The Melbourne Chamber Orchestra continues to present a concert season which celebrates not only its (mostly) youthful musicians, but also celebrates the quality of established soloists. This is particularly gratifying when these guests are Australian performers, as in its previous concert featuring the pianist Lucinda Collins with her vibrant performance of Mozart’s Piano Concerto No. 17. Collins is best-known in South Australia for her teaching as well as concert appearances, but no one State can lay claim to this concert’s guest, recorder player Genevieve Lacey, as she was born in Wapenamanda, a small village in the highlands of Papua New Guinea. With a repertoire strongly rooted in early music, and a career that is as likely to find her in Europe as well as Australia, Lacey continues to surprise as well as delight, and this concert for the MCO was a case in point.
Such was the importance of Lacey to this concert that she was on stage from the outset with initially with an ensemble of string players from the orchestra. The opening items were from the 12th century, the next from the 16th. Thanks to her reputation in Melbourne, Lacey is seen as an almost iconic figure in her knowledge of and performance of early music. The orchestra too was in sympathy with the music of Leonin and Perotin, described in the program as ”two of the earliest named composers of the Notre Dame school of polyphony”. Originally having a vocal sound this music was instead arranged by Lacey for violins, and other strings, the cellos and drone-like bass anchoring the whole with an admirable synchronicity. Lacey herself contributed to a slower, swaying sound, with the whole effect being very sweet and lyrical – more ike a stately dance than a motet.
Because of a change in program, one of the central works was heard quite early. This was the Recorder Concerto in C minor RV441 by Vivaldi, a showpiece for the soloist if ever there was one! Lacey delighted with her performance of the technically demanding birdsong-like passage of the first movement, both in her nimble fingering and steady breath control. There followed a lovely duet with MCO director William Hennessey, the recorder-player challenged with accidentals coming thick and fast. Typically for a Vivaldi second movement, interest was in the sustained melody carried by the solo recorder, with the orchestra contributing harmony and depth to the sound. Finally the third movement continued the partnership of soloist and orchestra, with quite different scores in front of them; Lacey’s seemed “fluttery”, yet kept its dominance against a background of a scale-based accompaniment.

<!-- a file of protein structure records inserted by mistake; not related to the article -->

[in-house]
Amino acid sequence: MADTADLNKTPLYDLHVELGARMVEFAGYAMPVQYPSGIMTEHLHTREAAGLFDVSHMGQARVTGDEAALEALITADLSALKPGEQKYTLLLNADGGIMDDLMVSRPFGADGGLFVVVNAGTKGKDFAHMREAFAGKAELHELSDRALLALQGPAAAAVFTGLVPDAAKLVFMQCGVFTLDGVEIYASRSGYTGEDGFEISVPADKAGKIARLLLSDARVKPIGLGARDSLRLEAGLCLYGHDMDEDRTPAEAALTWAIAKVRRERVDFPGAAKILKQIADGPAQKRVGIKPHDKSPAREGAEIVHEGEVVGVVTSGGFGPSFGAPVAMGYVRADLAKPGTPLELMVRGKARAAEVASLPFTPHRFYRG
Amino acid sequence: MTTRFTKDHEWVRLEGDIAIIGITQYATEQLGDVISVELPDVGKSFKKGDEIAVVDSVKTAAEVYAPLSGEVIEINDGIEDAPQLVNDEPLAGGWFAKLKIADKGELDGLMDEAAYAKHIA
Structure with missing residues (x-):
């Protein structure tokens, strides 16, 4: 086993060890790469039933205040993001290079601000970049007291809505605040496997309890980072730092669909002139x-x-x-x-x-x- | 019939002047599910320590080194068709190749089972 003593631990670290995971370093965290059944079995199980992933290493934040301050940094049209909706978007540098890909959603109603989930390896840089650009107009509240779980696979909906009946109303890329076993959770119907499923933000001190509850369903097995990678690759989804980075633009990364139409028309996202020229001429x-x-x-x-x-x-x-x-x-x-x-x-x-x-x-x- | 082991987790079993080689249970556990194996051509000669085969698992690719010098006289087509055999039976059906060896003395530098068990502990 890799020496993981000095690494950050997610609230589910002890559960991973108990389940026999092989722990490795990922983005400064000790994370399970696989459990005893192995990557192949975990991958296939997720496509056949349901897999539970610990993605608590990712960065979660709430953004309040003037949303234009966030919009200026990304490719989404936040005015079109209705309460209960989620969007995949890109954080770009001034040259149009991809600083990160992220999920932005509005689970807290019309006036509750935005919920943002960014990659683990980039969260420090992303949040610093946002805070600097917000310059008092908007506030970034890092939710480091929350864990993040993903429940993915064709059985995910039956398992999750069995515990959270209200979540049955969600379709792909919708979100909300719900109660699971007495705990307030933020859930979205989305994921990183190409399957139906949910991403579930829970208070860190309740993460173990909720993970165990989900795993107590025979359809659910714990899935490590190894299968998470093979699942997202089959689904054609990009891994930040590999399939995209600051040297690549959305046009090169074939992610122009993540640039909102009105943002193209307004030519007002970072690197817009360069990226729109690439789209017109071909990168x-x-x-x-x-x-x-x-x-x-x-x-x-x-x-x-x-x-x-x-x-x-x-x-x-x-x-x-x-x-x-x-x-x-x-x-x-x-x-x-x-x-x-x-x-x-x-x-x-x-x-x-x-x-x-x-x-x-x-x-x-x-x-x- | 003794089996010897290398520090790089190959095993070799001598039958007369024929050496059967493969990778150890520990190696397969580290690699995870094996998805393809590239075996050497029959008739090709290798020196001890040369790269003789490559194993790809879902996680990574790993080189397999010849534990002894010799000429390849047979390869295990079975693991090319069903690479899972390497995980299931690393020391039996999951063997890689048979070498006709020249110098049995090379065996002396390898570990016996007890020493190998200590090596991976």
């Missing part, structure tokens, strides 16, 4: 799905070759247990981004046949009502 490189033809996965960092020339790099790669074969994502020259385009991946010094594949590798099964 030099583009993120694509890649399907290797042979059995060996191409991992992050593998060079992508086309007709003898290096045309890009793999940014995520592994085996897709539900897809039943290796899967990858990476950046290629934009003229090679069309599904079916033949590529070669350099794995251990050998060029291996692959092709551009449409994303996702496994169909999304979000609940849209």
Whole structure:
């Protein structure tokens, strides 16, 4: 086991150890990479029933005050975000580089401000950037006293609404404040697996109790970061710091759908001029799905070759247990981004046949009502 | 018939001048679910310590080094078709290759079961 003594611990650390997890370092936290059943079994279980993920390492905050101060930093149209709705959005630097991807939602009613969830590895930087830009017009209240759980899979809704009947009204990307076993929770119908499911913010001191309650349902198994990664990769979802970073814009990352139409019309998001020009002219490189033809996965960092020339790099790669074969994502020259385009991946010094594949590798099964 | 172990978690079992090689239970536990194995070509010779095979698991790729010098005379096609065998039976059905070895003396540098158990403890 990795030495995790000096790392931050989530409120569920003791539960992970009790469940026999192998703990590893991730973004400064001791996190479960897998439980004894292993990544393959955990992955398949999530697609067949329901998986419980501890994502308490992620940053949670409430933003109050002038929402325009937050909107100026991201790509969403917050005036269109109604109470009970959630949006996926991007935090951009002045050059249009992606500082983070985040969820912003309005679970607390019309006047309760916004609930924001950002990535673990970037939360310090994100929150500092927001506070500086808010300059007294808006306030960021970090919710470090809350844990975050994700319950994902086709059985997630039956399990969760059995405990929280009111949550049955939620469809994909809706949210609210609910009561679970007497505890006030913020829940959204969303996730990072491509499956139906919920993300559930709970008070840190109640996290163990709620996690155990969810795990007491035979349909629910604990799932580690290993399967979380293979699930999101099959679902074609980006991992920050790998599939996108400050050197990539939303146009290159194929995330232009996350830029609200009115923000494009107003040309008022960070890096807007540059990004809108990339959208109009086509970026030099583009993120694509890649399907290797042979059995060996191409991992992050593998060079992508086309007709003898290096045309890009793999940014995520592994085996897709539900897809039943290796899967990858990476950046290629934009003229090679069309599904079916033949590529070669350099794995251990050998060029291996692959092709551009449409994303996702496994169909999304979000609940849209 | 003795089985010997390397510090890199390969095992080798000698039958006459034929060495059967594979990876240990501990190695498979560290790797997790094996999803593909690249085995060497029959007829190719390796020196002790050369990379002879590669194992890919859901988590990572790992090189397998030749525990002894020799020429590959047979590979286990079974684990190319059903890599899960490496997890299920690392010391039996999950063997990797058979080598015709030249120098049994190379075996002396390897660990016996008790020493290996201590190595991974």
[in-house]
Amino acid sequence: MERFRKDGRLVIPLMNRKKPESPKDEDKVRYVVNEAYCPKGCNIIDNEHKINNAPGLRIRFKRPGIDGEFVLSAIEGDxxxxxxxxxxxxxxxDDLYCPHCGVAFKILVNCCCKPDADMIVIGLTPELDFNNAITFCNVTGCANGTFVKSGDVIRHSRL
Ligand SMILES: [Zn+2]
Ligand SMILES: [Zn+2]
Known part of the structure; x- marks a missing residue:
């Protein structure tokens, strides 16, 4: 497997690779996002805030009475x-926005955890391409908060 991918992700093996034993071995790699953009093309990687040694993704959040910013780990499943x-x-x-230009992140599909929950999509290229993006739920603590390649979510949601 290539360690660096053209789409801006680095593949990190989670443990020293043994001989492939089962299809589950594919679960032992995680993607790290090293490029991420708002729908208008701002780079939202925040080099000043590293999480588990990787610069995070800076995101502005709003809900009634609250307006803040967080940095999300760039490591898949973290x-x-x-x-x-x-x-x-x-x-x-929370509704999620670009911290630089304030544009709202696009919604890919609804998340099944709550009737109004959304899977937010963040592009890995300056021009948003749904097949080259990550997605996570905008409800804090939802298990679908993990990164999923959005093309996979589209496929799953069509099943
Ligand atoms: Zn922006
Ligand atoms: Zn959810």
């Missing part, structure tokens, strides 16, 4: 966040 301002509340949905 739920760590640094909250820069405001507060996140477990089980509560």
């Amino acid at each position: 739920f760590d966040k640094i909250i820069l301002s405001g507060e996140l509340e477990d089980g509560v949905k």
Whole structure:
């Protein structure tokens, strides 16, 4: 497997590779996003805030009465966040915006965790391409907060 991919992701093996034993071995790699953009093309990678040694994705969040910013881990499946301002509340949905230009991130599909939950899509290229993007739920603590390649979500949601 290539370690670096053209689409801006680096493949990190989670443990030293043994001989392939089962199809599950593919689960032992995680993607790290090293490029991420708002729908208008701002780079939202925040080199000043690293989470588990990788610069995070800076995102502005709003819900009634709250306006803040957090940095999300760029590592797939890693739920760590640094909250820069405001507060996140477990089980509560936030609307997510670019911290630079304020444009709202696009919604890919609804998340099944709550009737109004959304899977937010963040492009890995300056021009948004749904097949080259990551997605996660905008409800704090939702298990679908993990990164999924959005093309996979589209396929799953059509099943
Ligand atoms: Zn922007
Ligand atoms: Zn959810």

The Melbourne Chamber Orchestra and “curator” Genevieve Lacey certainly presented a very generous program, another notable item being Beethoven’s Grosse Fugue Opus 133, originally written for string quartet, but here expanded to give the MCO one of its particular items in the spotlight, with three times the number of musicians as required in the original work. With its contrasts and ever present elements of drama, this work was well positioned in the program to show the proficiency of the host orchestra, led as ably as always by violinist William Hennessey. It must be said, however, that even though Genevieve Lacey was not on stage for every item, her influence in shaping the program appeared evident throughout. Her final appearance was in the recorder concerto by Sammartini, which the audience greeted with some relief after a somewhat minimalist opening to the final half of the program. It had encompassed several items,and was – like everything on the program – well executed. However, the audience was not expecting it,and was far more open to the Sammartini, in which Lacey was the soloist, with Ann Morgan at the harpsichord, and Hennessey leading about 12 more string-payers.
Lacey’s recorder was quite small but resonant enough to be solo; even when unaccompanied it filled the hall with a delicate birdlike sound. The middle movement, Siciliano, had a particular interest for its swaying rhythm and the high, slow entry of the recorder. Having played almost continuously throughout this concerto Lacey fairly abruptly left the stage at the end. We hardly realised this was the end of the guest’s contribution to the program.
However, it effectively cleared the way for the final item, Ralph Vaughan Williams’ Fantasia on a Theme of Thomas Tallis, in which all players from the Melbourne Chamber Orchestra combined to produce a glorious resonant sound. As at other times on the night, the first viola player Merewyn Bramble was a strong leader for her section, with William Hennessey responsible for the maturity and depth of the orchestra’s appreciation of music and its distinctive overlay of freshness. This was a less fulsome performance of a famous work which was no less satisfying for that, judging by the applause that greeted it, and ended yet another memorable MCO concert.